The top three wedding expenses are usually the wedding location, the wedding dress, and the photographer. When so much time, effort, money and love have gone into this one special day, it’s understandable that one would want it to be preserved beautifully on film. There are ways however to save significant money on a wedding photographer without sacrificing quality.
College Students– If your local college has an art program, it’s highly likely they have photography program within it. By calling the college directory, you can get the names of photography professors or department heads. When you reach them, ask if they have senior level students who are excelling at action and portrait photography. More than likely, they will be able to give you the contact information for a few bright and talented students who have the training to take beautiful pictures, yet not charge you an arm and a leg.
Craig’s List– Many fledgling photographers advertise on this site. These photographers often offer great deals if allow them to use your photographs to help build up their professional photographers.
The Knot– This website is an incredible wedding resource, and includes listings for local photographers, both who have a studio and who are freelance. This will give you a great idea of who’s out there in your area so that you can compare prices. If you’re looking to save money, your best bet is to go with a freelance photographer who doesn’t have a studio. This avoids raised rates due to high overhead.
Ask around– More than likely, you have a friend, relative or co-worker who knows a good photographer. This could be someone they’ve used in the past, or know personally. A personal connection can often help to get you a great price reduction, or give you a lead to a photographer who might not advertise to the general public.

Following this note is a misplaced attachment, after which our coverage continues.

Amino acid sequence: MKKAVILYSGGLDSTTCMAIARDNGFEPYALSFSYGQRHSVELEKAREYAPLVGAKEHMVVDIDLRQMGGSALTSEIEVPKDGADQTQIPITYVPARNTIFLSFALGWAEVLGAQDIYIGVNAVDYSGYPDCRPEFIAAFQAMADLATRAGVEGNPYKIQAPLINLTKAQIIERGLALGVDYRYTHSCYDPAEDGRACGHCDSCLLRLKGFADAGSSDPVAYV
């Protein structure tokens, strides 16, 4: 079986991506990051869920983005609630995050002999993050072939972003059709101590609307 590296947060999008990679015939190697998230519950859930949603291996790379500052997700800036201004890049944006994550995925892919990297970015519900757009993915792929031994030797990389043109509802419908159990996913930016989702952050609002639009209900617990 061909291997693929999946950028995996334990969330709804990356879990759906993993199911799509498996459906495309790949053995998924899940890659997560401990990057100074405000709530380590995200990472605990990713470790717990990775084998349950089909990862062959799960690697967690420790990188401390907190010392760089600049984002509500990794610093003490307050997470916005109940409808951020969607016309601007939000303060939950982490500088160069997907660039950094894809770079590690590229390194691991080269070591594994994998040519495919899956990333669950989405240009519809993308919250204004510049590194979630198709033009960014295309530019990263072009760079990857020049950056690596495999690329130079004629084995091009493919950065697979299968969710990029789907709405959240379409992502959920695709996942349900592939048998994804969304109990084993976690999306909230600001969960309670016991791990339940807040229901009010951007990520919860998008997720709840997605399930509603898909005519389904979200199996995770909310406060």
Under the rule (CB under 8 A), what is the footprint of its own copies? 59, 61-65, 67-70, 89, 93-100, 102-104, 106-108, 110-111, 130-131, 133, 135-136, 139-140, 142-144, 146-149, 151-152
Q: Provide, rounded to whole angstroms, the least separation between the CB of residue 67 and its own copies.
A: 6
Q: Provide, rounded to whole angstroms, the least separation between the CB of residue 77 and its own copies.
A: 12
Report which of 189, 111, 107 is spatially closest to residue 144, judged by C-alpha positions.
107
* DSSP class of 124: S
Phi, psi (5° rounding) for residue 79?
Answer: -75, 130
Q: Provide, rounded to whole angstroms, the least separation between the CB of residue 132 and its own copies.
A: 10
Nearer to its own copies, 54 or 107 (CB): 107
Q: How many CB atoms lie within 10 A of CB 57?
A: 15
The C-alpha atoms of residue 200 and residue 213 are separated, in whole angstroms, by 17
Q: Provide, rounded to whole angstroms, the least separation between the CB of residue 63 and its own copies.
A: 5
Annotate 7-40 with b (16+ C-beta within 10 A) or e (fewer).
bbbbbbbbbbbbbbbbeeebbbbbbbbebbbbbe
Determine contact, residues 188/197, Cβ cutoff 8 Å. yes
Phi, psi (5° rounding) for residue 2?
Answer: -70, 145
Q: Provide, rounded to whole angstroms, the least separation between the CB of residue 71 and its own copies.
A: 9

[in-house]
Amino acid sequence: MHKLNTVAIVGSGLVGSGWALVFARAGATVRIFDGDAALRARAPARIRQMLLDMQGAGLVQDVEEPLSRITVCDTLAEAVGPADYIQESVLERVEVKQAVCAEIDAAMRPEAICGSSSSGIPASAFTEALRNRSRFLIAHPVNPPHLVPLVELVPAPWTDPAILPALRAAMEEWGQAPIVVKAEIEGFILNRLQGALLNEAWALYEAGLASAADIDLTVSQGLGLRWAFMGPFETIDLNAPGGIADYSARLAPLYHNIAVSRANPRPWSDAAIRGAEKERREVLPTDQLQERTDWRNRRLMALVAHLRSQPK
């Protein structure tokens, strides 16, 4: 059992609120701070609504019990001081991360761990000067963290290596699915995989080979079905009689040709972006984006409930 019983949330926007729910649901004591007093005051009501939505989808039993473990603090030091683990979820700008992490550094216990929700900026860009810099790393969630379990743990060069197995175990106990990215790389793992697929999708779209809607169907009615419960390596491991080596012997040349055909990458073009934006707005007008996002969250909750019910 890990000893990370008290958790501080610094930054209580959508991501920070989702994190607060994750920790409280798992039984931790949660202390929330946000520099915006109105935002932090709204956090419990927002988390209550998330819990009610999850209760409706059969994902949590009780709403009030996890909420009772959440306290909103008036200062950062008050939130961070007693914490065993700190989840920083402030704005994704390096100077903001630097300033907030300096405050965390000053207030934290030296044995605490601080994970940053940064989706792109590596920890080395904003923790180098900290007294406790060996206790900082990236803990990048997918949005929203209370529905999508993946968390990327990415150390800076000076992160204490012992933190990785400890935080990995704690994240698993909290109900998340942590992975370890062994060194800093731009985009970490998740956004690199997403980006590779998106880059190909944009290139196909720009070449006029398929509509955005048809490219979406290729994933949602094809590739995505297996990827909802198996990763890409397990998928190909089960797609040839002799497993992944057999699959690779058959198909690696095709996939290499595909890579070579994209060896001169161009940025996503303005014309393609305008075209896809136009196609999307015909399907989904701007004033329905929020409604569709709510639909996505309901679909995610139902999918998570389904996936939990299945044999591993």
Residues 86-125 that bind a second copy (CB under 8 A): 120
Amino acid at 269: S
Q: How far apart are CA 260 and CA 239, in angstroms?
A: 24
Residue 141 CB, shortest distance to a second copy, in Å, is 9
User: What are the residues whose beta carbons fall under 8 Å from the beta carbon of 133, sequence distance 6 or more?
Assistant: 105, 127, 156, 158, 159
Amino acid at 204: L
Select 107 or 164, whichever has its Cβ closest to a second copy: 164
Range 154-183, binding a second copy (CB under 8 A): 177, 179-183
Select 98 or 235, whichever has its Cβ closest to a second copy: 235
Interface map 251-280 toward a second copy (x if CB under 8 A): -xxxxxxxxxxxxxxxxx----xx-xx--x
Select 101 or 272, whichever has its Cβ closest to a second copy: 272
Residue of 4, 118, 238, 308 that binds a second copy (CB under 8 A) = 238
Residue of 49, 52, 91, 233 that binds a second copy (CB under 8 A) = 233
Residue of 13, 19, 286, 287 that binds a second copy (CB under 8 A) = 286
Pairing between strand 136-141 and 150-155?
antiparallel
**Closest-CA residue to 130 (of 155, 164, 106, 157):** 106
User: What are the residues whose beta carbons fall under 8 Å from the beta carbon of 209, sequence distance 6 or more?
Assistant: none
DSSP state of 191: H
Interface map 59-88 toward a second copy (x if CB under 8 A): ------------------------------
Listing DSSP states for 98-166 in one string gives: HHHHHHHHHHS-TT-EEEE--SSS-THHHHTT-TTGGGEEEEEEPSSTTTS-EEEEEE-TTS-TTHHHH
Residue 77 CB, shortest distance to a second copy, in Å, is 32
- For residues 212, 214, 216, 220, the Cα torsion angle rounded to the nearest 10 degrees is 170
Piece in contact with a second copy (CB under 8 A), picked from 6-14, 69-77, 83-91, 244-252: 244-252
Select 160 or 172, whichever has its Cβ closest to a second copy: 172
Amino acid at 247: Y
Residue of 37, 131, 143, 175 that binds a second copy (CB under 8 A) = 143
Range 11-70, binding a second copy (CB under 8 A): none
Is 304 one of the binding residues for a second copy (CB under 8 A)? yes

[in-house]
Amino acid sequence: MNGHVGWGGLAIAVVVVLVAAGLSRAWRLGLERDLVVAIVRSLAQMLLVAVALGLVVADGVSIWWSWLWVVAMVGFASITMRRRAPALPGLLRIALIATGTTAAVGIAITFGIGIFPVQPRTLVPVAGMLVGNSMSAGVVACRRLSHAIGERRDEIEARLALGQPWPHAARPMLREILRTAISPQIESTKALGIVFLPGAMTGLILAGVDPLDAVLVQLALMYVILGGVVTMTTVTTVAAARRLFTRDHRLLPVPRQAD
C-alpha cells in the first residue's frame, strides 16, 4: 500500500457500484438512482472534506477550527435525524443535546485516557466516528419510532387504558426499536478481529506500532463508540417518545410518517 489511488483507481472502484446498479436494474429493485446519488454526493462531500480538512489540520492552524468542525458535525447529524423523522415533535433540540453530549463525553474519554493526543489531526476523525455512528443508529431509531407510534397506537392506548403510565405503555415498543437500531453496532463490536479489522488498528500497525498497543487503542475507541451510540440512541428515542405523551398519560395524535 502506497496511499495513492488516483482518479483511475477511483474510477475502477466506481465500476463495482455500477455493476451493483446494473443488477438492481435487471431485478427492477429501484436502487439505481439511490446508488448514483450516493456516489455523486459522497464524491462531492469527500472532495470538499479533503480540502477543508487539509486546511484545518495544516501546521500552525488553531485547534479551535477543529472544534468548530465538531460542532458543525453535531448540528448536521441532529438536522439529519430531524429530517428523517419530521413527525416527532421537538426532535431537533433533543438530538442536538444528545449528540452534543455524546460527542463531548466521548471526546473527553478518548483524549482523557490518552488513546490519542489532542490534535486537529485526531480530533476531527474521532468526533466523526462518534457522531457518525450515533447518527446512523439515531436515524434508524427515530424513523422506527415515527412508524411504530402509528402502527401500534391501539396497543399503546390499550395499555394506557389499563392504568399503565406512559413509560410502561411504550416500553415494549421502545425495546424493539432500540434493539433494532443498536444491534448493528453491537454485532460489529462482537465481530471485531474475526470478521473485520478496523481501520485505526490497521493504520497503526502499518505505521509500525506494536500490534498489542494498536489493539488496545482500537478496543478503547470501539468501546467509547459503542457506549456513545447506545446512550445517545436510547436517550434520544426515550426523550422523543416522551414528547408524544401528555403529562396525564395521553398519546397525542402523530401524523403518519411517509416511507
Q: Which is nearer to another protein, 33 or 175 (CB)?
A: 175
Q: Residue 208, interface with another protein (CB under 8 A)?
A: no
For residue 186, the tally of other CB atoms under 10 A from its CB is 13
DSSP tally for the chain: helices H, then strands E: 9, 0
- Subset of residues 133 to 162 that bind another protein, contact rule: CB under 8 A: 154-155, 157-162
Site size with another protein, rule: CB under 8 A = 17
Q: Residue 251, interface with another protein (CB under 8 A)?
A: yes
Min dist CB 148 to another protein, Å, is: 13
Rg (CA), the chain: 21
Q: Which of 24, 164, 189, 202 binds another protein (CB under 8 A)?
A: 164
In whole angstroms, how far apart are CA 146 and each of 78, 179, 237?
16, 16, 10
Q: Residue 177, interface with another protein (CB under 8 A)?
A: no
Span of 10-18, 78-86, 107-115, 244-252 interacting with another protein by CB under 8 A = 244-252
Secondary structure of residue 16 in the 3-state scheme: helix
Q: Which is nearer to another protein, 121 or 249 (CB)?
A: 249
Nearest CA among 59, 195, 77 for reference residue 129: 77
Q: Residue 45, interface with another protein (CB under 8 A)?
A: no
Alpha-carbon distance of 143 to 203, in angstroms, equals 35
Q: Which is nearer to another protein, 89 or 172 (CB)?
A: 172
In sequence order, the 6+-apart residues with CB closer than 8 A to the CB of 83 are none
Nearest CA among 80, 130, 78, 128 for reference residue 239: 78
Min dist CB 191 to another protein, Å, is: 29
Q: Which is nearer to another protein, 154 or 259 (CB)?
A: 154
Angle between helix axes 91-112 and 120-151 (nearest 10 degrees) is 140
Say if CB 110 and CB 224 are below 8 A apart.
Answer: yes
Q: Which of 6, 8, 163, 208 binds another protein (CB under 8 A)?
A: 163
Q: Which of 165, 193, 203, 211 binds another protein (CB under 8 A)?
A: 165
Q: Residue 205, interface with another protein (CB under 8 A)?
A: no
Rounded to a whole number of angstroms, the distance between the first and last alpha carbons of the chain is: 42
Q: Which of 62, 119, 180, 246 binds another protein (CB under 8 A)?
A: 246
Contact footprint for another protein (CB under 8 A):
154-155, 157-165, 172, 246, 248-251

When dealing with an amateur photographer or student, there are a few things you can do to ensure you still get professional grade photos at a reasonable rate.
Ask to see a portfolio– Most serious photographers will have a collection of photos they have done in the past. Ask to see their work, especially action shots, candid and portraits. This will give you a clear idea of the photographer’s ability level and personal photography style.
Request references– Even if the photographer hasn’t done many professional jobs, they should still be able to furnish names of people who have worked with them on various projects, such as professors they’ve done work for, or friends and family that they’ve done portraits for.
Do a practice run– Ask the photographer if they’d be willing to do some practice photographs at the wedding site. This way the photographer can see if there will be any lighting challenges at the site, and will allow you to see them in action. Make sure to do this well in advance of the event, so if you’re not satisfied with their performance, you can find another photographer you feel more confident about.
Make sure you know what you’re getting– Make sure you go over all of the details of what’s included with the photographer’s fee. Some photographers include the prints, some only provide proofs. Some charge extra if they’re there over a certain number of hours. Be sure you are clear in what you want, and what you expect out of the photographer, so they won’t try to charge you additional fees once the job is complete.
While finding a photographer that charges less may take a little more work, it is well worth it if you can save thousands on the cost or your wedding. Just be careful, and make sure you are still getting quality while saving money.